It noted global food prices have started declining (except for Cereals) in May 2018. “As it takes about 7 to 10 months for those changes to filter through into final consumer prices, we expect food price increases to subside, notwithstanding political turmoil in the UK,” the report stated.

BRC chief exec Helen Dickinson commented: “December’s Shop Price figures only serve to underline how tough conditions are in the retail industry. Despite non-food goods being cheaper on average than last year, early indications suggest that retailers faced a challenging environment throughout the festive season.

“Shoppers may have become accustomed to great value, but Brexit uncertainty means that a continuation of the low prices is by no means guaranteed. Without a trade deal with the EU, the cost of importing many of the goods we buy day to day will go up significantly and retailers simply do not have the room in their margins to protect consumers from those costs. Unless Parliament comes together behind a deal that ensures frictionless, tariff-free trade we could see prices paid by UK households rise substantially.”

Mike Watkins, Nielsen’s head of retailer and business Insight, added: “With an uncertain economic outlook, retailers had to work hard to encourage customers to keep shopping, and in the run up to Christmas price discounting was deeper and began earlier across both food and non food channels.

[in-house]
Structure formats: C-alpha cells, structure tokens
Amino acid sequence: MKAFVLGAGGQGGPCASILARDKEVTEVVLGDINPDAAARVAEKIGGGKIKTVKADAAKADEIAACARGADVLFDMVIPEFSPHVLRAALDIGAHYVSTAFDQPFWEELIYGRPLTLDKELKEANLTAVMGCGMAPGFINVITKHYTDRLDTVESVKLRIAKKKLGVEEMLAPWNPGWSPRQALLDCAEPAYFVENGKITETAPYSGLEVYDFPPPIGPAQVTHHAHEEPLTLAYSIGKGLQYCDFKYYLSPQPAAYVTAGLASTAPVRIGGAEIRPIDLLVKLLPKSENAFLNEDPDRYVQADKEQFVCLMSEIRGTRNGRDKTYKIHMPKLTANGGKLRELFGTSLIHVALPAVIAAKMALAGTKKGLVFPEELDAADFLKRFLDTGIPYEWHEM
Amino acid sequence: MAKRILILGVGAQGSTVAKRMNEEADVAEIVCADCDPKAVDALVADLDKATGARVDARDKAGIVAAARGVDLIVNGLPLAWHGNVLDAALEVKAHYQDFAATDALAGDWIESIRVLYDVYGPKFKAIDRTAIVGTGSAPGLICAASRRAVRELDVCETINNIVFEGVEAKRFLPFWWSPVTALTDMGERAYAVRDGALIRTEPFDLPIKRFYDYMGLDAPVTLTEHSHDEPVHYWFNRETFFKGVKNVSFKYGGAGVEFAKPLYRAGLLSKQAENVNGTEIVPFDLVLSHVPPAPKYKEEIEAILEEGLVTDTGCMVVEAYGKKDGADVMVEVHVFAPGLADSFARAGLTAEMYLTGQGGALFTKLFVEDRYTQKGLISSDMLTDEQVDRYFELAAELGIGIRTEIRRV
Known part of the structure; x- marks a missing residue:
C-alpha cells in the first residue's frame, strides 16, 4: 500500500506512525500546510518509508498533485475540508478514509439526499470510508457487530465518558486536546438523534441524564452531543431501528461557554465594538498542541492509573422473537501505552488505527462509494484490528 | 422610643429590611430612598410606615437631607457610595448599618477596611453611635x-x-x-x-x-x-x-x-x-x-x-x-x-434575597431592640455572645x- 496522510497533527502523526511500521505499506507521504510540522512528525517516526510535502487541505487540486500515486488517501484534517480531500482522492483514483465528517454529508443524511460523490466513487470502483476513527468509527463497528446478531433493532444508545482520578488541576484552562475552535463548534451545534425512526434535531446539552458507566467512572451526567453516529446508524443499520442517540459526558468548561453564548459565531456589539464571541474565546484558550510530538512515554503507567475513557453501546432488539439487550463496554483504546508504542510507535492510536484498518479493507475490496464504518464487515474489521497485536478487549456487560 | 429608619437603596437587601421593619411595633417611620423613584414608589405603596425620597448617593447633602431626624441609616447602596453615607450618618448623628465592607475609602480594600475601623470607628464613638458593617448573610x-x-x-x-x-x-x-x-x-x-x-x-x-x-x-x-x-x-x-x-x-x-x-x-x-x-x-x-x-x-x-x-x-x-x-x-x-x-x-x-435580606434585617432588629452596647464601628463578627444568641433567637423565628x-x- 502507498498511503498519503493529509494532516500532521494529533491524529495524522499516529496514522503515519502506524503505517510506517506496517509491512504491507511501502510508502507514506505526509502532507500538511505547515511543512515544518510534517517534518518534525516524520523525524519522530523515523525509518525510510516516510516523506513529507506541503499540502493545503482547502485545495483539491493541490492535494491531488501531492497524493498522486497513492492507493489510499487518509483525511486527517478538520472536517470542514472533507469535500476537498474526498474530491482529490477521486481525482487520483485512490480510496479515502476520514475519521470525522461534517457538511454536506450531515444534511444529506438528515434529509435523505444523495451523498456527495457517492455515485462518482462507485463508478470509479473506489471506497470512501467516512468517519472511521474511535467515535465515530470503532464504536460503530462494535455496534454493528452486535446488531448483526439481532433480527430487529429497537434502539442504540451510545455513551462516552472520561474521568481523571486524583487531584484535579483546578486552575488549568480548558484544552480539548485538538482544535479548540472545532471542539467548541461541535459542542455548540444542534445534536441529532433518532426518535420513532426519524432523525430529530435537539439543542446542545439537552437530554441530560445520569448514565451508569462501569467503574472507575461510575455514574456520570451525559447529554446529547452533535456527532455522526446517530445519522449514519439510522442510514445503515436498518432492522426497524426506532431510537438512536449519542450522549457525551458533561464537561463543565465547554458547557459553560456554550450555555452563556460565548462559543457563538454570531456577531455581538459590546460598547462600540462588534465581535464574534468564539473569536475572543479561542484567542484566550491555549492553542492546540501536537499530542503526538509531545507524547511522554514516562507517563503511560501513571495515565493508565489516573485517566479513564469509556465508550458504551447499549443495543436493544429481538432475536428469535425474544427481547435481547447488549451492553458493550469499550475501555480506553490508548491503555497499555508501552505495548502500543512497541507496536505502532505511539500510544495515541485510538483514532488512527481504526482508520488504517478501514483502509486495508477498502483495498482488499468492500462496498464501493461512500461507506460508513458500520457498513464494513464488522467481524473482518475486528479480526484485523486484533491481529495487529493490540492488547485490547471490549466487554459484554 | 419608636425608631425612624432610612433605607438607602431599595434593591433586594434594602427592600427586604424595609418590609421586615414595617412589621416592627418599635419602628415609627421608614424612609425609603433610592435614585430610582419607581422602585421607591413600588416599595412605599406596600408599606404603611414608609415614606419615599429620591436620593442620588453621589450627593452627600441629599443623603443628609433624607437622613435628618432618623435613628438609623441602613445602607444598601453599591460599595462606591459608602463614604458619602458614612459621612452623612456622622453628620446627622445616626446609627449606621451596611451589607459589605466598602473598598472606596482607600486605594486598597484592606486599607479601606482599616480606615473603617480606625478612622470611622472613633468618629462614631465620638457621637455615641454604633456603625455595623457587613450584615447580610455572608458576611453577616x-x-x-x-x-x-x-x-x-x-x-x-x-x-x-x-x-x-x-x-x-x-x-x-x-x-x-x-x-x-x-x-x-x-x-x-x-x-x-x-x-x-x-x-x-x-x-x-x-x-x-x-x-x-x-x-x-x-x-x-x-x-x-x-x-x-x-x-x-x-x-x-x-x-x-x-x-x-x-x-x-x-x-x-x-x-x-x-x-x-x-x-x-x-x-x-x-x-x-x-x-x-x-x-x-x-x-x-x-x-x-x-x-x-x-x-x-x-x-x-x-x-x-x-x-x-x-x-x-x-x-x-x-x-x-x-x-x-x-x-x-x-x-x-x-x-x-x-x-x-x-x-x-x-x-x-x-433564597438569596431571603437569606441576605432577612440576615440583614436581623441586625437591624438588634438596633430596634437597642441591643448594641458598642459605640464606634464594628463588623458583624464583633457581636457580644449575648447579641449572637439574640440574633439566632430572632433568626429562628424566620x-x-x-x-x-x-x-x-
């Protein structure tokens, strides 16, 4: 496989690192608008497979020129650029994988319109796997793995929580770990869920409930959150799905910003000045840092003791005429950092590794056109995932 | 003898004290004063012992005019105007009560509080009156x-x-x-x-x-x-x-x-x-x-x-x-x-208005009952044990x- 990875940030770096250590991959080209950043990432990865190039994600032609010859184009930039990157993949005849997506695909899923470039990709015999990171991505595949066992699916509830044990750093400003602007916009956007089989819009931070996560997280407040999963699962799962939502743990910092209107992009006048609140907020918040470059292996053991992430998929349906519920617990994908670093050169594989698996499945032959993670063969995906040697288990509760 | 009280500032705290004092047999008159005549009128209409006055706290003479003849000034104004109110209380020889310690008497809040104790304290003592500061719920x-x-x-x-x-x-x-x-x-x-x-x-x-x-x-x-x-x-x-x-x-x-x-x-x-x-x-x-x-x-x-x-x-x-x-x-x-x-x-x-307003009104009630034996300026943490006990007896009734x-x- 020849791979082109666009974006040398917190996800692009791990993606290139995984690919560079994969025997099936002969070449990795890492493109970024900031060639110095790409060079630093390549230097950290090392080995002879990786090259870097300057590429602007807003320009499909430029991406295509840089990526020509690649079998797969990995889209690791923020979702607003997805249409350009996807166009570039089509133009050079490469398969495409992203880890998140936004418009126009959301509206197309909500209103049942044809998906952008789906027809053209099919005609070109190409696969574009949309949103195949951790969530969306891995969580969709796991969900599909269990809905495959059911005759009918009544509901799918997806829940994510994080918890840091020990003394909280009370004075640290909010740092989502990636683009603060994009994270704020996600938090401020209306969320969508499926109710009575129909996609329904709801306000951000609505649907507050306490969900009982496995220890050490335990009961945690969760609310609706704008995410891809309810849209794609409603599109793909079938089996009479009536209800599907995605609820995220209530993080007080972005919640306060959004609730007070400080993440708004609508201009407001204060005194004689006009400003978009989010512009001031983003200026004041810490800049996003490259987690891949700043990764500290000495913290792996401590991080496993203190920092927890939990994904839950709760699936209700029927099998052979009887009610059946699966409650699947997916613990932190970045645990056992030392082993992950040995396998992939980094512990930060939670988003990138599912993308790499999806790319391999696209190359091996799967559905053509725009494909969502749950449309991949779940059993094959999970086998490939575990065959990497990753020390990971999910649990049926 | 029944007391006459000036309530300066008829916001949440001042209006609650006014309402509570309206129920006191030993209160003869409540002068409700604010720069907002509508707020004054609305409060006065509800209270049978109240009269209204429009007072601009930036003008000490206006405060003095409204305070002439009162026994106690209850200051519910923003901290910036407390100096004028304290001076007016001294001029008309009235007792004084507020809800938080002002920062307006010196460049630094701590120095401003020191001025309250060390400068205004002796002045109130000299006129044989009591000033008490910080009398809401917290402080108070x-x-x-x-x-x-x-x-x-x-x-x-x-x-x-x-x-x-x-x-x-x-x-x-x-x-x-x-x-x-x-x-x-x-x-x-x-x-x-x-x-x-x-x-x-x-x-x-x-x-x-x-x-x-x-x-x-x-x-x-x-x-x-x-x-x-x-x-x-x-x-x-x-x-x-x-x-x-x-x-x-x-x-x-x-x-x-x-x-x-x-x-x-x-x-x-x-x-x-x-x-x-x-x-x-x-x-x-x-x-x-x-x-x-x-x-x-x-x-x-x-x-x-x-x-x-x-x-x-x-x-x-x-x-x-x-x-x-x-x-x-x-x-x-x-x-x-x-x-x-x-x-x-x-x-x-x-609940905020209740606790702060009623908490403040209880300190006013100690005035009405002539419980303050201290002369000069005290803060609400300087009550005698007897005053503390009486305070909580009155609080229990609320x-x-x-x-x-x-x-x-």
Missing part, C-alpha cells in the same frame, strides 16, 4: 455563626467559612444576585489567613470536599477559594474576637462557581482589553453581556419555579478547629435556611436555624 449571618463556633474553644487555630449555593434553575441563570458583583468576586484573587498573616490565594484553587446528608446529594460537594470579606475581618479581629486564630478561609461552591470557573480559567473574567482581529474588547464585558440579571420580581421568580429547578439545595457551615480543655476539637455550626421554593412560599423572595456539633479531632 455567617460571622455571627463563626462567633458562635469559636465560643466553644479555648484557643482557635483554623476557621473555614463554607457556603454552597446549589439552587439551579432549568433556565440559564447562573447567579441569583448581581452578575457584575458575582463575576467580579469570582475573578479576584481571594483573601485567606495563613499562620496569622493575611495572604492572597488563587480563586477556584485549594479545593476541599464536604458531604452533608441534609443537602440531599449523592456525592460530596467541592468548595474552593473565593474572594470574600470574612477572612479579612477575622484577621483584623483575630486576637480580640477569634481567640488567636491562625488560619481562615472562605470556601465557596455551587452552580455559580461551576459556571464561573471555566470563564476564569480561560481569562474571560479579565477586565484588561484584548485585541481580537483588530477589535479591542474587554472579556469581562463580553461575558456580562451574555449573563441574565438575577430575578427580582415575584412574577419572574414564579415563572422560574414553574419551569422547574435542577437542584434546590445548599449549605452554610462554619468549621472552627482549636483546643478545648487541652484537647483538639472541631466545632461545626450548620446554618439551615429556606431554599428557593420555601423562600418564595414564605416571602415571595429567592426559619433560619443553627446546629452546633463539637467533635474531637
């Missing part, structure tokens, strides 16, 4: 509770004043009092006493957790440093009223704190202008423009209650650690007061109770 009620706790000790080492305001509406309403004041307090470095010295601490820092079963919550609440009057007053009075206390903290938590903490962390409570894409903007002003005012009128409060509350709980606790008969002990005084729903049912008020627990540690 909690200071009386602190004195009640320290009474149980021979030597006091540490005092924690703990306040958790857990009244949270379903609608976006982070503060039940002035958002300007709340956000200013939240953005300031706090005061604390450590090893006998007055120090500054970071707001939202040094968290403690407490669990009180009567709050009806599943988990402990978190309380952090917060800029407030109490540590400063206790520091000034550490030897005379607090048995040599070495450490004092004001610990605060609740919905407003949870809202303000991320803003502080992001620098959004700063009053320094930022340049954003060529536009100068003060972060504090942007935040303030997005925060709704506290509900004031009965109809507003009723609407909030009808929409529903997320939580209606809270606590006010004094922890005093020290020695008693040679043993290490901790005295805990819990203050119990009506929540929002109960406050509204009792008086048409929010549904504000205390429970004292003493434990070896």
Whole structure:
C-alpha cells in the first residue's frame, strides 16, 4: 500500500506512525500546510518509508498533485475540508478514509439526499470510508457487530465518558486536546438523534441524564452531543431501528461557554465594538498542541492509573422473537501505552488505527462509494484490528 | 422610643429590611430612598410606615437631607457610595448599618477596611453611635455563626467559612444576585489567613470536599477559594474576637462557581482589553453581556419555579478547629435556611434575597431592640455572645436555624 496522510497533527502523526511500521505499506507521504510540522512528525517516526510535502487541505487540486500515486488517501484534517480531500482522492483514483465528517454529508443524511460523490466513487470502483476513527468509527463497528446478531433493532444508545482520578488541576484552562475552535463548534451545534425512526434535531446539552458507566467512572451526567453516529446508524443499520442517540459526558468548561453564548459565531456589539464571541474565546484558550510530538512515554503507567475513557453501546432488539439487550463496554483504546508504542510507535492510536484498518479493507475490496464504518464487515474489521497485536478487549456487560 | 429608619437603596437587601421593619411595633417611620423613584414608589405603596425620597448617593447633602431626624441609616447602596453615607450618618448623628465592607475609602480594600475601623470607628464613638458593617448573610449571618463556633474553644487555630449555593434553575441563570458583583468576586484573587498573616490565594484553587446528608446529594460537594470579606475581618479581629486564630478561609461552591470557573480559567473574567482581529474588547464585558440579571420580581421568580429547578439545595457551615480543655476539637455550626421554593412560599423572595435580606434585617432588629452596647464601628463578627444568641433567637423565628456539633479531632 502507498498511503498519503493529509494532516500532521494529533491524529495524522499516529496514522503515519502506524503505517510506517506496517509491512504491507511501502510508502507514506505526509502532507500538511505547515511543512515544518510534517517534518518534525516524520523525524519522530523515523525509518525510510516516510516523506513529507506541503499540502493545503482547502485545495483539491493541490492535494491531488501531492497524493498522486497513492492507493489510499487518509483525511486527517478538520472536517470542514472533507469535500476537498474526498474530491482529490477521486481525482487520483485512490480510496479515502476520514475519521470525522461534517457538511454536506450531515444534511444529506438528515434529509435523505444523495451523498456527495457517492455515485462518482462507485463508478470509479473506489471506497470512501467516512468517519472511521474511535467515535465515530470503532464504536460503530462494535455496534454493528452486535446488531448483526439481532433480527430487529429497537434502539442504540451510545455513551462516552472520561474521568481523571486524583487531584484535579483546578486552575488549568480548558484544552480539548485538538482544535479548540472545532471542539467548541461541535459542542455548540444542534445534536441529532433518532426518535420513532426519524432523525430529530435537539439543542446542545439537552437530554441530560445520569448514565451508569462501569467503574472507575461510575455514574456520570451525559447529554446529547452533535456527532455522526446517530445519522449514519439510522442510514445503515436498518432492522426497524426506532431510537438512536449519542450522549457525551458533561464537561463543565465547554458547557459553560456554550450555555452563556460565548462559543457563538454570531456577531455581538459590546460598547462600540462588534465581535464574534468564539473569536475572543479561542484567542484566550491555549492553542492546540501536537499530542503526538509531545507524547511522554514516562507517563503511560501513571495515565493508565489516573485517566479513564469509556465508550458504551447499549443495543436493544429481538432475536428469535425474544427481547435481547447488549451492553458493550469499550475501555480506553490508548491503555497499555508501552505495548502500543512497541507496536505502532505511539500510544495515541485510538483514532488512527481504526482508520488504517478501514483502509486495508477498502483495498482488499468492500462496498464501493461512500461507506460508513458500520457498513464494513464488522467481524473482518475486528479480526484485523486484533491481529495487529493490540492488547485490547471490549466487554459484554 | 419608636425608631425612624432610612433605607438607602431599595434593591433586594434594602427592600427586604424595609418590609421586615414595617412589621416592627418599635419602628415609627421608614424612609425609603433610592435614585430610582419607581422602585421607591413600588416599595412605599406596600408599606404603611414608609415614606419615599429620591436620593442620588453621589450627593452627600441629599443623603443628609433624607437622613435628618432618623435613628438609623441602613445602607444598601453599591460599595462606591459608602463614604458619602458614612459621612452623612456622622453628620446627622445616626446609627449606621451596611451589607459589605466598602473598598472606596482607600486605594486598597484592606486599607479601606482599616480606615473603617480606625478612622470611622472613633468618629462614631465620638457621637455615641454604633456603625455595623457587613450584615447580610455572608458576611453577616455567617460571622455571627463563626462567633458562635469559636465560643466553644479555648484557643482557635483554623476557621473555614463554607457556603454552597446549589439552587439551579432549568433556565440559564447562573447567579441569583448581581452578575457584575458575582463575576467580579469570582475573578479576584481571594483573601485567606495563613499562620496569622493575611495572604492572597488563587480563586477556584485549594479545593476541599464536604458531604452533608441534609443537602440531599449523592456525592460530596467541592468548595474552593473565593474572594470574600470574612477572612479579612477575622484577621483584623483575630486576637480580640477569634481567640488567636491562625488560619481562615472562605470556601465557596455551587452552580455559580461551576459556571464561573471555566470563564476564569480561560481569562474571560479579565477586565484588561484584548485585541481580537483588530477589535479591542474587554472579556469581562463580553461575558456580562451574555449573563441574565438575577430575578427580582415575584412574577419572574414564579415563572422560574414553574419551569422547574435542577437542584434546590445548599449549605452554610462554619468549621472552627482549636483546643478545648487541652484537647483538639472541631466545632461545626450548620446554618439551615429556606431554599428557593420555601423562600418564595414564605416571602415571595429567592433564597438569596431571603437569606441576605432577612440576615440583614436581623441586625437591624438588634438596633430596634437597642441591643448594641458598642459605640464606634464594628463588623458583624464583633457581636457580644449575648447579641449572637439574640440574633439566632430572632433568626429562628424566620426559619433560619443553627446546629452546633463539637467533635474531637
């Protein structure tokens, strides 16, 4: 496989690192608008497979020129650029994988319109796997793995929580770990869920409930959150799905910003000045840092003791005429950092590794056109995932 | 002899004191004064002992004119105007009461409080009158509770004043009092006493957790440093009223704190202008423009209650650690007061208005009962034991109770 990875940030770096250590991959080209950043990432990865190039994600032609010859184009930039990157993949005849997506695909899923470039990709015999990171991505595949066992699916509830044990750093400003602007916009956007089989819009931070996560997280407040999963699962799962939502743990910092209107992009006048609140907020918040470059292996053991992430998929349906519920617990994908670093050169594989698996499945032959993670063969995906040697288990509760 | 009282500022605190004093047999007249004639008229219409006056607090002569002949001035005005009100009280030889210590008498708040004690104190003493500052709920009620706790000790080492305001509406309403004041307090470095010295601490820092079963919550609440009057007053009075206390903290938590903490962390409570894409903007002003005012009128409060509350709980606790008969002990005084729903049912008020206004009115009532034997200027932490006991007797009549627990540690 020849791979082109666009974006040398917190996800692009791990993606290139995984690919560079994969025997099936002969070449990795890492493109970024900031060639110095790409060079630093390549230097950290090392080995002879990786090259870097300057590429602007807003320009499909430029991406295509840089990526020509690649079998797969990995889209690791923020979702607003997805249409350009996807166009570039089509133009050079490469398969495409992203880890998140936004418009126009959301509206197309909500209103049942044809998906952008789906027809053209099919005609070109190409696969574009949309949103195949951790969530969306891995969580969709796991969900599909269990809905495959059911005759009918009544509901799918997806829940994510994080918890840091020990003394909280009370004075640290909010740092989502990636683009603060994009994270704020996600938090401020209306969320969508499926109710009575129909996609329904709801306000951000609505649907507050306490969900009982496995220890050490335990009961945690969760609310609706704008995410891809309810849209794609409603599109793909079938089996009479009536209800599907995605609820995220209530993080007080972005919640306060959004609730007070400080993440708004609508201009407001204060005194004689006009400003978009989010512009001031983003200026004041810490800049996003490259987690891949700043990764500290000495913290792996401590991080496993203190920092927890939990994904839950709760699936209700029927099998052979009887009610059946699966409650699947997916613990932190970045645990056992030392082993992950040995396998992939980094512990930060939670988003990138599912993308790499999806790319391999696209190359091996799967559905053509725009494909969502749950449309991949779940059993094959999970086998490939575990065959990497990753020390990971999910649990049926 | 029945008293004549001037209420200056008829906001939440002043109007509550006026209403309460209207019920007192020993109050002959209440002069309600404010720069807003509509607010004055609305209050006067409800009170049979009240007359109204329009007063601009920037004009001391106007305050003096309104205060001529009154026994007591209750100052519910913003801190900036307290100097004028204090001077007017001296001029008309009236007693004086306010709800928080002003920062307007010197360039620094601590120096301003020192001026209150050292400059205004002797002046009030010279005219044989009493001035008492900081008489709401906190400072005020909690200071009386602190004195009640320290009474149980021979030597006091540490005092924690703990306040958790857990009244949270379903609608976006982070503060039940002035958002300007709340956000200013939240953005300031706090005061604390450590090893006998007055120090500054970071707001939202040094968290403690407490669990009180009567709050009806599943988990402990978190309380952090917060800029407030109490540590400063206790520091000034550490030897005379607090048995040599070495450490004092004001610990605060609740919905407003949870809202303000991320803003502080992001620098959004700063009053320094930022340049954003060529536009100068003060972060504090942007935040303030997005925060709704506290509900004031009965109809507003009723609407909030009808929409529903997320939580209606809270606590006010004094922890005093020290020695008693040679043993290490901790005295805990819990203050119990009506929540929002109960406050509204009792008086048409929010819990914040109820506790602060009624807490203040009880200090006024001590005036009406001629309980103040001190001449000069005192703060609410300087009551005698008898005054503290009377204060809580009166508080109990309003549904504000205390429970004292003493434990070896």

“There was also unprecedented levels of vouchering in December across many Supermarkets to encourage shoppers to spend, and this competitive retail environment kept increases in shop prices low. Retailers know that customers are worried about their personal finances, so they will continue to do all they can to limit price rises over the next few months despite the external pressures.”

Elsewhere, under pressure McColl’s has announced the appointment of a new chief financial officer.

Robbie Bell will join from his current position as CEO of Welcome Break, following its takeover by Applegreen, and will take up his appointment on 17 January 2019.

He was appointed CFO of the service station group in 2017 before taking on the role of CEO in early 2018. Prior to that, and since 2009, he had been the CFO of Screwfix Direct and was the UK finance director of Travelodge as well as serving in a number of senior finance positions at Tesco.